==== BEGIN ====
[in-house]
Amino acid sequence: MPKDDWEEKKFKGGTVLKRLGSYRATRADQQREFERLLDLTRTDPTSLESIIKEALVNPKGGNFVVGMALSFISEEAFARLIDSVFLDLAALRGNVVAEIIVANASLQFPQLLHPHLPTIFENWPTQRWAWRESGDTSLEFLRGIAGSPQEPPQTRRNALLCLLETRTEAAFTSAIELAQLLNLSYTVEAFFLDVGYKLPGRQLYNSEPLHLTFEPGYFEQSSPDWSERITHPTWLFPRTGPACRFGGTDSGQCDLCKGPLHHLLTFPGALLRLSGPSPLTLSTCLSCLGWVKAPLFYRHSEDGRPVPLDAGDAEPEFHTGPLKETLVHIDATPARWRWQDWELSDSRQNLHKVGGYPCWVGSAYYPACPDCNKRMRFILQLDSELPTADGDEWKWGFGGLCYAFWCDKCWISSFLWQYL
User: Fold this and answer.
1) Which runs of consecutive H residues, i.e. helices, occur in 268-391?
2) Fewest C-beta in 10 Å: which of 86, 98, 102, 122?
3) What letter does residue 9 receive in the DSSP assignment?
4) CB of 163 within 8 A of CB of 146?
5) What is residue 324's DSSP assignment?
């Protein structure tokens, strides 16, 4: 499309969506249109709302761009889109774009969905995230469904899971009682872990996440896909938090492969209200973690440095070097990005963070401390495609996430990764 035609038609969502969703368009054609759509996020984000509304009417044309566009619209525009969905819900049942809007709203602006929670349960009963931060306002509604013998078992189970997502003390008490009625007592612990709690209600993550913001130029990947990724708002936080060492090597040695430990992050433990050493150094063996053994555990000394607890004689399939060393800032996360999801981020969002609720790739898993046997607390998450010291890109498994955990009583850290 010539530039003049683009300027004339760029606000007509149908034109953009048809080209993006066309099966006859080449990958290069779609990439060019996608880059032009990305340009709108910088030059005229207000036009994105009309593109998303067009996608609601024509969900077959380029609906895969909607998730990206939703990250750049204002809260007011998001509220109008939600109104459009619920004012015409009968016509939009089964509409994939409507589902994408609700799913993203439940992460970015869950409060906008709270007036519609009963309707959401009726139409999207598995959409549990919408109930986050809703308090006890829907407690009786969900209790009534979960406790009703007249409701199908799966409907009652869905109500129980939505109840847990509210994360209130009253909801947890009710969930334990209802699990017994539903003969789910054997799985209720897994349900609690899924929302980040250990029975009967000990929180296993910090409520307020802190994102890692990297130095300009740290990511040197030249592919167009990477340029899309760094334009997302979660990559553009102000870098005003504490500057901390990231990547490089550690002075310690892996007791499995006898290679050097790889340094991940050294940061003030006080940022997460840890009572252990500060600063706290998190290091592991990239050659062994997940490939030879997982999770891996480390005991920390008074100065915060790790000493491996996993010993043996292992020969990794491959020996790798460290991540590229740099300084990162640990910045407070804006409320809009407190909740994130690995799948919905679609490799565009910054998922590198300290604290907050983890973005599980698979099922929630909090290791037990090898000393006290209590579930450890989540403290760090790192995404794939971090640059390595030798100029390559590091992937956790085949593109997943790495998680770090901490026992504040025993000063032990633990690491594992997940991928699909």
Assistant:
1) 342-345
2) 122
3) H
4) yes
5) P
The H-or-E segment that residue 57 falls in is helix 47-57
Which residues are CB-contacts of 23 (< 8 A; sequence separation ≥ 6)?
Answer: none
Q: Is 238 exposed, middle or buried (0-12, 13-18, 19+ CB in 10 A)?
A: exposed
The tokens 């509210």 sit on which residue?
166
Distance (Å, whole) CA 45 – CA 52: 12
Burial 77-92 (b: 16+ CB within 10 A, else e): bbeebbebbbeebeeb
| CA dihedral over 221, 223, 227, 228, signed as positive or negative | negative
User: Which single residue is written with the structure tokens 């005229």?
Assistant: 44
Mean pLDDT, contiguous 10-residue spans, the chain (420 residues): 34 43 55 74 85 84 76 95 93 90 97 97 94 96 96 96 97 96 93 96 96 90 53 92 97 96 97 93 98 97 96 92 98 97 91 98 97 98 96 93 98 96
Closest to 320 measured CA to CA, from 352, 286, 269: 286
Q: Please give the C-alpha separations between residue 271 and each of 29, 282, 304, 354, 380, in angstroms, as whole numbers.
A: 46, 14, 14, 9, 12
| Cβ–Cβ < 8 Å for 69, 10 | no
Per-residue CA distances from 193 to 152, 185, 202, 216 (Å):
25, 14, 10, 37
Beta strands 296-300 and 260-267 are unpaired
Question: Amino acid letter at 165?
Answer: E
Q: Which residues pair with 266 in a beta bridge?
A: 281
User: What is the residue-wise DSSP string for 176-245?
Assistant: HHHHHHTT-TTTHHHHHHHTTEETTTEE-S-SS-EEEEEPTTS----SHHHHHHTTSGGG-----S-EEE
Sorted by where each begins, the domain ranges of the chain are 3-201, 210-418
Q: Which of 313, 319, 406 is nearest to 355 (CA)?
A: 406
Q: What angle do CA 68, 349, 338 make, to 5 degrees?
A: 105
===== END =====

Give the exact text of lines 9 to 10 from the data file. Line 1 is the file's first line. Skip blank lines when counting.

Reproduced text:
């Protein structure tokens, strides 16, 4: 499309969506249109709302761009889109774009969905995230469904899971009682872990996440896909938090492969209200973690440095070097990005963070401390495609996430990764 035609038609969502969703368009054609759509996020984000509304009417044309566009619209525009969905819900049942809007709203602006929670349960009963931060306002509604013998078992189970997502003390008490009625007592612990709690209600993550913001130029990947990724708002936080060492090597040695430990992050433990050493150094063996053994555990000394607890004689399939060393800032996360999801981020969002609720790739898993046997607390998450010291890109498994955990009583850290 010539530039003049683009300027004339760029606000007509149908034109953009048809080209993006066309099966006859080449990958290069779609990439060019996608880059032009990305340009709108910088030059005229207000036009994105009309593109998303067009996608609601024509969900077959380029609906895969909607998730990206939703990250750049204002809260007011998001509220109008939600109104459009619920004012015409009968016509939009089964509409994939409507589902994408609700799913993203439940992460970015869950409060906008709270007036519609009963309707959401009726139409999207598995959409549990919408109930986050809703308090006890829907407690009786969900209790009534979960406790009703007249409701199908799966409907009652869905109500129980939505109840847990509210994360209130009253909801947890009710969930334990209802699990017994539903003969789910054997799985209720897994349900609690899924929302980040250990029975009967000990929180296993910090409520307020802190994102890692990297130095300009740290990511040197030249592919167009990477340029899309760094334009997302979660990559553009102000870098005003504490500057901390990231990547490089550690002075310690892996007791499995006898290679050097790889340094991940050294940061003030006080940022997460840890009572252990500060600063706290998190290091592991990239050659062994997940490939030879997982999770891996480390005991920390008074100065915060790790000493491996996993010993043996292992020969990794491959020996790798460290991540590229740099300084990162640990910045407070804006409320809009407190909740994130690995799948919905679609490799565009910054998922590198300290604290907050983890973005599980698979099922929630909090290791037990090898000393006290209590579930450890989540403290760090790192995404794939971090640059390595030798100029390559590091992937956790085949593109997943790495998680770090901490026992504040025993000063032990633990690491594992997940991928699909």
Assistant: